by Tracy Hieb
LCD (Liquid Crystal Display) monitors perform better than CRT (Cathode Ray Tube) monitors in many respects. They are quickly replacing the old CRTs for both television and computer screens. If you're thinking about upgrading to an LCD monitor, these five reasons will help you make an informed choice. Comparing the older CRT technology and the newer LCD technology side by side will demonstrate why LCD monitors have become so popular.
Size matters. An LCD monitor is less bulky than a CRT, more adaptable to tight spaces and can be easily mounted on a wall. This can free up much-needed workspace on your desk. LCD monitors are slimmer and more portable, as they weigh significantly less than older monitors. CRTs are roughly eight times larger and weigh seven times more than an LCD monitor. A 22-inch LCD monitor weighs just less than 10 pounds, whereas a 22-inch CRT weighs close to 70 pounds. A 22-inch LCD monitor with a stand has an approximate footprint of 55 square inches and occupies a total area of 910 cubic inches, while a 22-inch CRT monitor has a much larger footprint of approximately 365 square inches and occupies 7180 cubic inches.
Screen properties. CRT monitors do have some strong points. They have a higher contrast ratio and better color depth. On the other hand, unless you are using your computer for graphic design, the difference in image quality is negligible. Screen size is another issue: When you purchase a 15-inch LCD screen, you are getting a full 15 inches of viewable screen. CRT screens have about a 1-inch frame, and you lose about an inch of screen size. So, with a CRT, your 15-inch screen is actually closer to 14 inches. LCD screens are also truly flat, with no image distortion. CRTs, even when advertised as "flat screen," are not truly flat. The front of the monitor is covered with a flat piece of glass, but the image projection is still rounded.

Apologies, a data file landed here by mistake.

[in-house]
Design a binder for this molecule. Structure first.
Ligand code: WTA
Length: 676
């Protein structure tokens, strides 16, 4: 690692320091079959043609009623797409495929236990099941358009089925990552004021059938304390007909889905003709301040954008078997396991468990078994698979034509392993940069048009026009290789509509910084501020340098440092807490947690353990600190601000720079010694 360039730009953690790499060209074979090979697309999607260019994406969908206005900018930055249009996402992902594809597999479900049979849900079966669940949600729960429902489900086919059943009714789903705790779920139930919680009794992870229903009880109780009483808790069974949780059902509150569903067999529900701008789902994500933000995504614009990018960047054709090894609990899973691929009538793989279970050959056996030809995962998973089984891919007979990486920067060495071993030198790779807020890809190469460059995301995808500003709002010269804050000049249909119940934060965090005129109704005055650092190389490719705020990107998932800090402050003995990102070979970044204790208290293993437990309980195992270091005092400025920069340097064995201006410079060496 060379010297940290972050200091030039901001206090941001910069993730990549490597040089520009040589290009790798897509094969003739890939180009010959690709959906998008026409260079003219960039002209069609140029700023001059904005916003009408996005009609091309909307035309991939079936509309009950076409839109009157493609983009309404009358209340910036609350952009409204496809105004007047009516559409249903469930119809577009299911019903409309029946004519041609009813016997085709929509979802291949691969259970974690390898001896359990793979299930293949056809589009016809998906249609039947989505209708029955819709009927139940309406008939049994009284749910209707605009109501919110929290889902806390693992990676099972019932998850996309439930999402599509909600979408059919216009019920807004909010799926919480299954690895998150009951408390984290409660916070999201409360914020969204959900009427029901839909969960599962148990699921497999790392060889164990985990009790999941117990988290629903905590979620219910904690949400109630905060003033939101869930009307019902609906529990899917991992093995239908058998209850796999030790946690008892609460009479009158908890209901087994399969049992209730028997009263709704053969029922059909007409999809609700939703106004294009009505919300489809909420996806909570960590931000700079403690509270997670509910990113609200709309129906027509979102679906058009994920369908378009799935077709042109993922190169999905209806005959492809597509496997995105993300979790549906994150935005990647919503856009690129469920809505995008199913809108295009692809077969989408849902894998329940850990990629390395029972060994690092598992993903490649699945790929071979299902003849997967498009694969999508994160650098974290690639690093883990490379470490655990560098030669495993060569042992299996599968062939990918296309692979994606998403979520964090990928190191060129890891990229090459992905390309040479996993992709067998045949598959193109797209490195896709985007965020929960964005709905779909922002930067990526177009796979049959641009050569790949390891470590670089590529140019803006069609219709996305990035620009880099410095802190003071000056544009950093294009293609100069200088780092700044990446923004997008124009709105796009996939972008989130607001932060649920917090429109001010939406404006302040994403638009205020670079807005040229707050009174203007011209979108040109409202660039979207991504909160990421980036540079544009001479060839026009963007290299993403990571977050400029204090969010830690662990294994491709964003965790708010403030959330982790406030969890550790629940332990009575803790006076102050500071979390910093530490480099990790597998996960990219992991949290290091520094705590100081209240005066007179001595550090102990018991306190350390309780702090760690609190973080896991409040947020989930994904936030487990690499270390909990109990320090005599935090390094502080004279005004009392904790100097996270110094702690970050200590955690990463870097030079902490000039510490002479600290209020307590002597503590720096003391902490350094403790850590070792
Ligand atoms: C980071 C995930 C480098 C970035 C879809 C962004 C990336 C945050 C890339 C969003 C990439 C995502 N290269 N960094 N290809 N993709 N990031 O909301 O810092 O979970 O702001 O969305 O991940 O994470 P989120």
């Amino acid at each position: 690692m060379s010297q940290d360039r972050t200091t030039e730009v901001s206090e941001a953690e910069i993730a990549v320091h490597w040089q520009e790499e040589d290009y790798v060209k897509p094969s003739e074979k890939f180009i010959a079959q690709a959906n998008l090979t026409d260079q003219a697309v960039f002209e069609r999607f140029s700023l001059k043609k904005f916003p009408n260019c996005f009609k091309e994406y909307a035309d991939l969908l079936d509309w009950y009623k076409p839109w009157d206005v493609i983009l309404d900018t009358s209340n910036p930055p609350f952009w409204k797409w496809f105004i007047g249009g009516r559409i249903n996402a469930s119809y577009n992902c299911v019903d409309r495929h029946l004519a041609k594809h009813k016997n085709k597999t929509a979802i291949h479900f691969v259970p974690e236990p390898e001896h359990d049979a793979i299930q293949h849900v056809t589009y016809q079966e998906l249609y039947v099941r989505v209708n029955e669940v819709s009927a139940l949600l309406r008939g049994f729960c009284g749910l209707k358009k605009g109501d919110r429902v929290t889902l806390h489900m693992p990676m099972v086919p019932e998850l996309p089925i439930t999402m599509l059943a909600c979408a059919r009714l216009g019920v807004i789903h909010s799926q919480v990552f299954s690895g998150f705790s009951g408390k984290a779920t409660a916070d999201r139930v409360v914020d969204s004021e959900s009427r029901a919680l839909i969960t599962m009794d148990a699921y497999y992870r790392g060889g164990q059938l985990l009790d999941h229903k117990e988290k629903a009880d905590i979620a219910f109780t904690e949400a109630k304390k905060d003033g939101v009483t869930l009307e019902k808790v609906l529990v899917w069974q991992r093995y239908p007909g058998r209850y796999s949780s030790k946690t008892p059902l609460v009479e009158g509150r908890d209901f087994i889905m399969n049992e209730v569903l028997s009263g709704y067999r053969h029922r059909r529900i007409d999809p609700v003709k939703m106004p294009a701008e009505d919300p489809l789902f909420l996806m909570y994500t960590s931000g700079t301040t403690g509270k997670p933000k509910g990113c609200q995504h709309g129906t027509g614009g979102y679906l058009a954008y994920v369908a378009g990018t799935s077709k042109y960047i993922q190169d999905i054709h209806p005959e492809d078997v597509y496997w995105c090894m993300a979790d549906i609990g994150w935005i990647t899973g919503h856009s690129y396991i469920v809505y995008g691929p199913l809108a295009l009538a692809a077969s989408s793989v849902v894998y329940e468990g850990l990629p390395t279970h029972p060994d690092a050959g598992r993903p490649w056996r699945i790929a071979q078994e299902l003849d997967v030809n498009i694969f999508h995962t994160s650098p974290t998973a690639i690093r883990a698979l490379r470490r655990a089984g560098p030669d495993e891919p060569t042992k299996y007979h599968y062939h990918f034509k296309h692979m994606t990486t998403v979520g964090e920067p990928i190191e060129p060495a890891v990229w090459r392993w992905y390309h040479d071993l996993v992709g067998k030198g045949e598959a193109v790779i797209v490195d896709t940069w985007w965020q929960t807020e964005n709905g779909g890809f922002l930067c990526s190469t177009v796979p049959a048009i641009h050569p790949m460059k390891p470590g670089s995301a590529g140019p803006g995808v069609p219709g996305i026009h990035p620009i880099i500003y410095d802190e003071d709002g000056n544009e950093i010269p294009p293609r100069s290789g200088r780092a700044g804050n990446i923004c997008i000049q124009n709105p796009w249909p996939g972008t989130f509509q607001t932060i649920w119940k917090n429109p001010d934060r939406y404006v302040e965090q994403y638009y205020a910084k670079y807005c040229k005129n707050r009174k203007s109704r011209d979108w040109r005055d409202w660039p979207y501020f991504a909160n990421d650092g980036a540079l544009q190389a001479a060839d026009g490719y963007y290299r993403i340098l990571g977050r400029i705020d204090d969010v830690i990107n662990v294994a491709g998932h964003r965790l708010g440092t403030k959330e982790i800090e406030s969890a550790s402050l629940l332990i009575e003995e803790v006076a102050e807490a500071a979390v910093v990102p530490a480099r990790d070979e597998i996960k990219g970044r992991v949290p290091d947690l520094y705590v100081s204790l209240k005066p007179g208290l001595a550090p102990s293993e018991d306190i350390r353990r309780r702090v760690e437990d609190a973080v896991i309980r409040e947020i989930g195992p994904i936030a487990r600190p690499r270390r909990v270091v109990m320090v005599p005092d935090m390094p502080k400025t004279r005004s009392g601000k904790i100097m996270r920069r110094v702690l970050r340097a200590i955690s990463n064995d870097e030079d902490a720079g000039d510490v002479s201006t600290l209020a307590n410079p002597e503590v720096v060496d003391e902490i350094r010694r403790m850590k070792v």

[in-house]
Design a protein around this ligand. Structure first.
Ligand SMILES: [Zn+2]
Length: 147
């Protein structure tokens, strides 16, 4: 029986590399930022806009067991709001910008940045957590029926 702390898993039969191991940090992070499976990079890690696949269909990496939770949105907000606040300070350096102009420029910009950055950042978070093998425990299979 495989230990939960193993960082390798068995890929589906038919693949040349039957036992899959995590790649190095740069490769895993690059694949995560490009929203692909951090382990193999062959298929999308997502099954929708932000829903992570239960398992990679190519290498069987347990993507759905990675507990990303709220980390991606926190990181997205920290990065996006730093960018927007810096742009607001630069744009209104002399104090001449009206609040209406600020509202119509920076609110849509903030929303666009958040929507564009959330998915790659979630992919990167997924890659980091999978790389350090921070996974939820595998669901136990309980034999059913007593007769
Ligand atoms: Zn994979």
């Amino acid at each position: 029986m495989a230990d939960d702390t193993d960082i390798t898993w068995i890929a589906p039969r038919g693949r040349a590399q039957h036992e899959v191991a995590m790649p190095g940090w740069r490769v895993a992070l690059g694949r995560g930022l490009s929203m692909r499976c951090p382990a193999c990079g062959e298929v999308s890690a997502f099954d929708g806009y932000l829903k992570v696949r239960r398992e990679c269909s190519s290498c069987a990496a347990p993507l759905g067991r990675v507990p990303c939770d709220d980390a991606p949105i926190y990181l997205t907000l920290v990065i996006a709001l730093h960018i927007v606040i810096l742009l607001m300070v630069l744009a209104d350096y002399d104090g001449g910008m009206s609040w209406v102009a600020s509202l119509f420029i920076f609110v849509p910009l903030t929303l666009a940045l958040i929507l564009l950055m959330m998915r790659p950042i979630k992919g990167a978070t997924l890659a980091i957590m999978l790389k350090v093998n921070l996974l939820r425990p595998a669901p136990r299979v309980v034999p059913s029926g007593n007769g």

Actual cost. Like so many things, the lifespan of the product is as important as the price tag. A CRT has a lifespan of eight years if being used at a rate of 40 hours per week. An LCD monitor has a lifespan of 25 years when used similarly. Even though a CRT monitor may be somewhat cheaper in the store, over the course of time, you will need to replace your CRT more often. CRTs also use 60 percent more power than LCD monitors, so using an LCD creates savings on your electric bill.
Health concerns. CRTs create a constantly flashing image. Although you may not be able to see it, this flashing can make your eyes feel tired. While this doesn't have an impact on your permanent health, eye fatigue can make you feel tired and can be painful. LCD screens do not have to refresh the screen constantly to provide a stable image. Therefore, your eyes will be much more comfortable in front of a LCD screen.
Environmental friendliness. There are many factors involved when considering which of the two types of monitors would be the most environmentally friendly. This article has already noted that LCD monitors use less power than CRTs; LCD monitors are smaller and have a better lifespan, too. Neither monitor is particularly biodegradable or recyclable; however, LCD monitors produce much less waste. If you consider all the factors and compare 100 22-inch-LCD users and 100 22-inch-CRT users over the course of 25 years with the average use of 40 hours per week, LCD users would create 7584 cubic feet of landfill space and CRT users would be using 179,500 cubic feet -- a drastic difference. The tubes in CRT monitors are typically made with lead glass, which makes them quite heavy. Lead is toxic, and since monitors usually end up in landfills, the amount of lead being put into the ground is an environmental concern.